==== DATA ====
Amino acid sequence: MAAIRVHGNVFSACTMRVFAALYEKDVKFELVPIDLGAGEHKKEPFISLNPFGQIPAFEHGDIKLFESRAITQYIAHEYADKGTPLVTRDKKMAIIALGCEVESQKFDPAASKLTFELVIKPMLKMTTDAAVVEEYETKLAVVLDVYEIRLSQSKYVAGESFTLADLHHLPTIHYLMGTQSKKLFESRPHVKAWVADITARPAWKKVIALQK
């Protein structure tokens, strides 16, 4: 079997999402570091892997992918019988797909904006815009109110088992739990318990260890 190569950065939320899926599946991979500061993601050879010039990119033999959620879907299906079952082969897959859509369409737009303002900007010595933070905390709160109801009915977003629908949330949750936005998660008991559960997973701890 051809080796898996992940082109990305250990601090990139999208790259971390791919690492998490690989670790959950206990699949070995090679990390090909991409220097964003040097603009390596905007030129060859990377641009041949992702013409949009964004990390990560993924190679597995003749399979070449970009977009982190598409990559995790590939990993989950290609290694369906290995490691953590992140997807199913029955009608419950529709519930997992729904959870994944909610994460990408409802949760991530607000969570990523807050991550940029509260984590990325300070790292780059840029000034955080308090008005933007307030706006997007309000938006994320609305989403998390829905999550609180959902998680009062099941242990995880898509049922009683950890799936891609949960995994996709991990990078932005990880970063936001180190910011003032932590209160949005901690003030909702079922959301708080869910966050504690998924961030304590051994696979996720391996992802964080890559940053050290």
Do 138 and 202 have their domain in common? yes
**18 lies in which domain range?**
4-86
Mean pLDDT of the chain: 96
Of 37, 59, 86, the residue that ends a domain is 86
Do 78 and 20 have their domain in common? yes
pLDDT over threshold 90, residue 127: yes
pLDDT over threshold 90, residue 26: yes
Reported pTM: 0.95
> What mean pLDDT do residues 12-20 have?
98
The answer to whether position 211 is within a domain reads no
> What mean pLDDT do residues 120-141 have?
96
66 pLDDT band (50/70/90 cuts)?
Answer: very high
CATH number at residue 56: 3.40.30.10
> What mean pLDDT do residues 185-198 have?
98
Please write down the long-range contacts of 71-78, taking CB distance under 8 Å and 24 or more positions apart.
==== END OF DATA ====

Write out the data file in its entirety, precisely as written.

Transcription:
Amino acid sequence: MAAIRVHGNVFSACTMRVFAALYEKDVKFELVPIDLGAGEHKKEPFISLNPFGQIPAFEHGDIKLFESRAITQYIAHEYADKGTPLVTRDKKMAIIALGCEVESQKFDPAASKLTFELVIKPMLKMTTDAAVVEEYETKLAVVLDVYEIRLSQSKYVAGESFTLADLHHLPTIHYLMGTQSKKLFESRPHVKAWVADITARPAWKKVIALQK
């Protein structure tokens, strides 16, 4: 079997999402570091892997992918019988797909904006815009109110088992739990318990260890 190569950065939320899926599946991979500061993601050879010039990119033999959620879907299906079952082969897959859509369409737009303002900007010595933070905390709160109801009915977003629908949330949750936005998660008991559960997973701890 051809080796898996992940082109990305250990601090990139999208790259971390791919690492998490690989670790959950206990699949070995090679990390090909991409220097964003040097603009390596905007030129060859990377641009041949992702013409949009964004990390990560993924190679597995003749399979070449970009977009982190598409990559995790590939990993989950290609290694369906290995490691953590992140997807199913029955009608419950529709519930997992729904959870994944909610994460990408409802949760991530607000969570990523807050991550940029509260984590990325300070790292780059840029000034955080308090008005933007307030706006997007309000938006994320609305989403998390829905999550609180959902998680009062099941242990995880898509049922009683950890799936891609949960995994996709991990990078932005990880970063936001180190910011003032932590209160949005901690003030909702079922959301708080869910966050504690998924961030304590051994696979996720391996992802964080890559940053050290």
Do 138 and 202 have their domain in common? yes
**18 lies in which domain range?**
4-86
Mean pLDDT of the chain: 96
Of 37, 59, 86, the residue that ends a domain is 86
Do 78 and 20 have their domain in common? yes
pLDDT over threshold 90, residue 127: yes
pLDDT over threshold 90, residue 26: yes
Reported pTM: 0.95
> What mean pLDDT do residues 12-20 have?
98
The answer to whether position 211 is within a domain reads no
> What mean pLDDT do residues 120-141 have?
96
66 pLDDT band (50/70/90 cuts)?
Answer: very high
CATH number at residue 56: 3.40.30.10
> What mean pLDDT do residues 185-198 have?
98
Please write down the long-range contacts of 71-78, taking CB distance under 8 Å and 24 or more positions apart.